Synopses & Reviews
India's epic poem, the Ramayana, is a dramatic, ever-evolving tale of a prince and his bride, their adventures and dilemmas, and demons. Joanna Williams studies the art of the Ramayana in Orissa, a region known for its elegantly carved temples. There she researched both literary and visual art works, interviewed artists, and observed them at work.
With depth and originality, Williams considers how Indian art tells a story in distinctive ways. Her narratological study takes into account many familiar genres of visual art: illustrated manuscripts, drawings on palm leaf paper, wall paintings, shadow plays, temple sculpture, and painted cloth pata. Included are discussions of pan-Indian versions of the epic, which include film, video, and the comic strip; and those local to Orissa, including rural theater and festivals.
Noting that we often treat images designed to be seen in sequence as separate pictures, Williams argues that considering several Ramayana images in sequence reveals their qualities of variety, surprise, and emotional development, promoting an understanding of how the story is told. She discusses the artists' narrative strategies and offers interpretations of how and why artists made their choices.
Williams persuasively argues against critics who believe that Indian art, indeed any traditional art, is conventional and lacks individual technique or vision. Her analysis across a variety of genres offers a new model for art historians; at the same time anthropologists, folklorists, and scholars of literature and narratology will find her work of great value.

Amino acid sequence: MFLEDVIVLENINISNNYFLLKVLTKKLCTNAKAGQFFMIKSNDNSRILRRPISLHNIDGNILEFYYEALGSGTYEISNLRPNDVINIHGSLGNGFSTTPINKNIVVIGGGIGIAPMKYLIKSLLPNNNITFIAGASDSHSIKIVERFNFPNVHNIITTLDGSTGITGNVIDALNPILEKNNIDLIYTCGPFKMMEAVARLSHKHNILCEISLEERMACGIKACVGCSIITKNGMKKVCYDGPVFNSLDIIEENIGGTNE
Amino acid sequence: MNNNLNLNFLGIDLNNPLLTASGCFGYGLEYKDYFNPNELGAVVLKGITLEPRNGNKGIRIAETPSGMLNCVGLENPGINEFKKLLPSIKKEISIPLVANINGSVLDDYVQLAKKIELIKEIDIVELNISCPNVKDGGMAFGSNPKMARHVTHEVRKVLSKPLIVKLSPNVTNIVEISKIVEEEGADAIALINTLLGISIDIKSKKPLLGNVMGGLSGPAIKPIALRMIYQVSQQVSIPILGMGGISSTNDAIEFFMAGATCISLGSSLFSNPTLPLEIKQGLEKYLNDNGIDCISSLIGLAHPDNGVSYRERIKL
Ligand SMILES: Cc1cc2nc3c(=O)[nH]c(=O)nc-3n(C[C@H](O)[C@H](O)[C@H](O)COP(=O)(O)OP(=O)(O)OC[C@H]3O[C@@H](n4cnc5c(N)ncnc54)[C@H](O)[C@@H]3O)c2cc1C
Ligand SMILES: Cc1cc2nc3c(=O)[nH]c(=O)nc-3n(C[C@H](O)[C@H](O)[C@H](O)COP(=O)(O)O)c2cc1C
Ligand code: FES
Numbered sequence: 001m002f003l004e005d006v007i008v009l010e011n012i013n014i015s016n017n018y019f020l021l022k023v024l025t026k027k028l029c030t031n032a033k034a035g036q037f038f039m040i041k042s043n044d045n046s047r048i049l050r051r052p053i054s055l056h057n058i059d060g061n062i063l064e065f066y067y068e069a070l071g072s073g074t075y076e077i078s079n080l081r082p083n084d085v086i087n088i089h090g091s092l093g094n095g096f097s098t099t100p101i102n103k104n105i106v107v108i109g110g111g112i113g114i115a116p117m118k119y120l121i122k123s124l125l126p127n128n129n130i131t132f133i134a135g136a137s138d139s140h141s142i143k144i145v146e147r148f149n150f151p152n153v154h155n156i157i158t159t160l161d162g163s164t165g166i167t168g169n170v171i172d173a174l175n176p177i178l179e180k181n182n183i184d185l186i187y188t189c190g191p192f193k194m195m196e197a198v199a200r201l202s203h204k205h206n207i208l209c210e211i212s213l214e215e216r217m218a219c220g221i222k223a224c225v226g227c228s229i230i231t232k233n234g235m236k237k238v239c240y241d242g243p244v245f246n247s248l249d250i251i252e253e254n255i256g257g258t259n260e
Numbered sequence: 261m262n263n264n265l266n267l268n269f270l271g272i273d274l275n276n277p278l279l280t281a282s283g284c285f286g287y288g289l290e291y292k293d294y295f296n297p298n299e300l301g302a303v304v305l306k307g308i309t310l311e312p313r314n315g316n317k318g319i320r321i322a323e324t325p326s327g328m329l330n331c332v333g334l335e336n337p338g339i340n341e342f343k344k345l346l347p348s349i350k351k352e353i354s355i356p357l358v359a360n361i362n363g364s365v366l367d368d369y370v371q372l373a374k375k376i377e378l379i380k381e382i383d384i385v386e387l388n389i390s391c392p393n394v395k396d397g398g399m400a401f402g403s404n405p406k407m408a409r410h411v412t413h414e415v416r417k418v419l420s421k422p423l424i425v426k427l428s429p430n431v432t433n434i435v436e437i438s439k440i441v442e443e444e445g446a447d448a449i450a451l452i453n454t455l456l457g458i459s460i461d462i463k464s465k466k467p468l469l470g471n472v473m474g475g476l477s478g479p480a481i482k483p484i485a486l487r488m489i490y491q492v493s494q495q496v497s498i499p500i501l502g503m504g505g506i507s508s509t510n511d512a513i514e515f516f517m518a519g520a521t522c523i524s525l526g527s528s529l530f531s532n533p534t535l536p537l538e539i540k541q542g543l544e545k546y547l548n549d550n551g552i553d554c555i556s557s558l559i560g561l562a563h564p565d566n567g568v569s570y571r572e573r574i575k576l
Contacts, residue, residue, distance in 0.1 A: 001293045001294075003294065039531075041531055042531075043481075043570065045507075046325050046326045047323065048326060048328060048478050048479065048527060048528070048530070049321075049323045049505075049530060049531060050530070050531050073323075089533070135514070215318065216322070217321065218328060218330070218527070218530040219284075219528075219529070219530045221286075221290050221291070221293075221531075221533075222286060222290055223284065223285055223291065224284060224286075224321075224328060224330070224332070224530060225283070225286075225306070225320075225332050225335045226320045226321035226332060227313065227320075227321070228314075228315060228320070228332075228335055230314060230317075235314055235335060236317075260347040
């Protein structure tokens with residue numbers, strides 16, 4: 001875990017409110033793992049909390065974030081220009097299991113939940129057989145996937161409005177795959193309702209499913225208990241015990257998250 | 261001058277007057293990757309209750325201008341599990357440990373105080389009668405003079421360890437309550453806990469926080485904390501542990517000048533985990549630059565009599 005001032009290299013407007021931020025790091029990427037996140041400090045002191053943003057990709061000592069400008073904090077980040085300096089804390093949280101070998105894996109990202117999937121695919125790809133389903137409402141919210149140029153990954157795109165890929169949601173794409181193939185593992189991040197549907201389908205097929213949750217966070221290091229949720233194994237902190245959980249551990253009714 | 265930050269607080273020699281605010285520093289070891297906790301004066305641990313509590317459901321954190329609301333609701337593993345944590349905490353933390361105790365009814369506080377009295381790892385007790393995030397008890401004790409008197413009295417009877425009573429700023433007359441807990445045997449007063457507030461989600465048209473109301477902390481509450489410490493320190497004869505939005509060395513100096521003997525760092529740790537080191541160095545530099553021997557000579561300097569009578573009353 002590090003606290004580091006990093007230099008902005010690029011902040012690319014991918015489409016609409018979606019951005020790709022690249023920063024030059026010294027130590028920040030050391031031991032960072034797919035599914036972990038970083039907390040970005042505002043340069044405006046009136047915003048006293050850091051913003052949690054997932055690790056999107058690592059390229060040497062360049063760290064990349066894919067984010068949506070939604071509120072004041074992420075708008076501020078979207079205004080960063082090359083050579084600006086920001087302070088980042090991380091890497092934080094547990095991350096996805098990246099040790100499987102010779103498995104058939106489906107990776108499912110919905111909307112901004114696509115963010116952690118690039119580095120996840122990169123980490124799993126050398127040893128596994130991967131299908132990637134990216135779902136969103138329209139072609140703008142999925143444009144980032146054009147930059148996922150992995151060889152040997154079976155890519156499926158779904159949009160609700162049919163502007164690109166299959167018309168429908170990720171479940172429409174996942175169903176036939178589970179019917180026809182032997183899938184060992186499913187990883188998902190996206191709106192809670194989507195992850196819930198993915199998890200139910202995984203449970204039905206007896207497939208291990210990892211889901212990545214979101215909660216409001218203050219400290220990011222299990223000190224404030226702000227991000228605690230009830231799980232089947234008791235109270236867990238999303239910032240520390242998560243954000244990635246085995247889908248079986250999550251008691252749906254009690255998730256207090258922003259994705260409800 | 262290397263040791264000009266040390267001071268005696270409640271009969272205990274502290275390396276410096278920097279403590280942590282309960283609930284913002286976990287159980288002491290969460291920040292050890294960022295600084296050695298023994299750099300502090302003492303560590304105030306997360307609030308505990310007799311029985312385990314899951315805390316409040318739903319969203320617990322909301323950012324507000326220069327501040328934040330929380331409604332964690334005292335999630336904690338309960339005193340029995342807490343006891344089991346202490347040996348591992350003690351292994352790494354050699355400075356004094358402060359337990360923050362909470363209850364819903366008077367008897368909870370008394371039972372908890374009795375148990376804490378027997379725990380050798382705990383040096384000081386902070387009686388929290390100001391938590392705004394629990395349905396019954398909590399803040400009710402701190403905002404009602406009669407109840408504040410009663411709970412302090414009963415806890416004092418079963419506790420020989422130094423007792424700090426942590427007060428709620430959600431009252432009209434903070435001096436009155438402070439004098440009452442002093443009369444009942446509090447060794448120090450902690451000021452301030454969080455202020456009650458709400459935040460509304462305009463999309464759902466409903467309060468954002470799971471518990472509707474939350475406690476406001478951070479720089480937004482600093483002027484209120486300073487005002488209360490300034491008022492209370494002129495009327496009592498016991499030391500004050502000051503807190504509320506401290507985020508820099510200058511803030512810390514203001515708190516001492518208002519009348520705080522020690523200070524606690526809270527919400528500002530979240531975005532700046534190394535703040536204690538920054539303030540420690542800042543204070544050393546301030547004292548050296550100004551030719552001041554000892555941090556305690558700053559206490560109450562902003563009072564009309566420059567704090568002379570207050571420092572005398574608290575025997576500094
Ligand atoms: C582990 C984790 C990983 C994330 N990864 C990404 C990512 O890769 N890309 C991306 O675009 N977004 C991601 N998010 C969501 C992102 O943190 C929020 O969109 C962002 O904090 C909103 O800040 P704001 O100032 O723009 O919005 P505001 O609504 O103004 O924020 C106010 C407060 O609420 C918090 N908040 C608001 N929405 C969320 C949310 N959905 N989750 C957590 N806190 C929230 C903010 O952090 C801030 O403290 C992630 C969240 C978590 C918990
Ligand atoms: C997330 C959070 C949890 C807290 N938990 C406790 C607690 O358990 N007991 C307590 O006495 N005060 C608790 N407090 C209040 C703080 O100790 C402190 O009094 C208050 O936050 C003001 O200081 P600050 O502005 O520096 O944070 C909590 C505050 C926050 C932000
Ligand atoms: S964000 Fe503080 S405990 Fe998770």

"An elegant cross-disciplinary foray that, like Rama's monkey army, bridges the oceanic strait that too often separates the fields of Art History, Folklore, and Literary and Performance Studies. . . . A great boon to all who seek to better understand the creative genius of India."Philip Lutgendorf, author of The Life of a Text
"In this stunningly mature work, one of America's leading historians of Indian art explores the terrain whose longitude is word and whose latitude, image. . . . Here patron, temple, artist, story, period, genre, region, subregion, and even particular towns unite to produce a study that sends out light in every direction. It is the product of many years' labor, and a beautiful product it is."John S. Hawley, author of Devi
Includes bibliographical references (p. 195-202) and index.
About the Author
Joanna Williams is Professor of Art History at the University of California, Berkeley. She is the author of The Art of Gupta India: Empire and Province (1982) and co-author of Palm-Leaf Miniatures: The Art of Raghunath Prusti of Orissa (1991).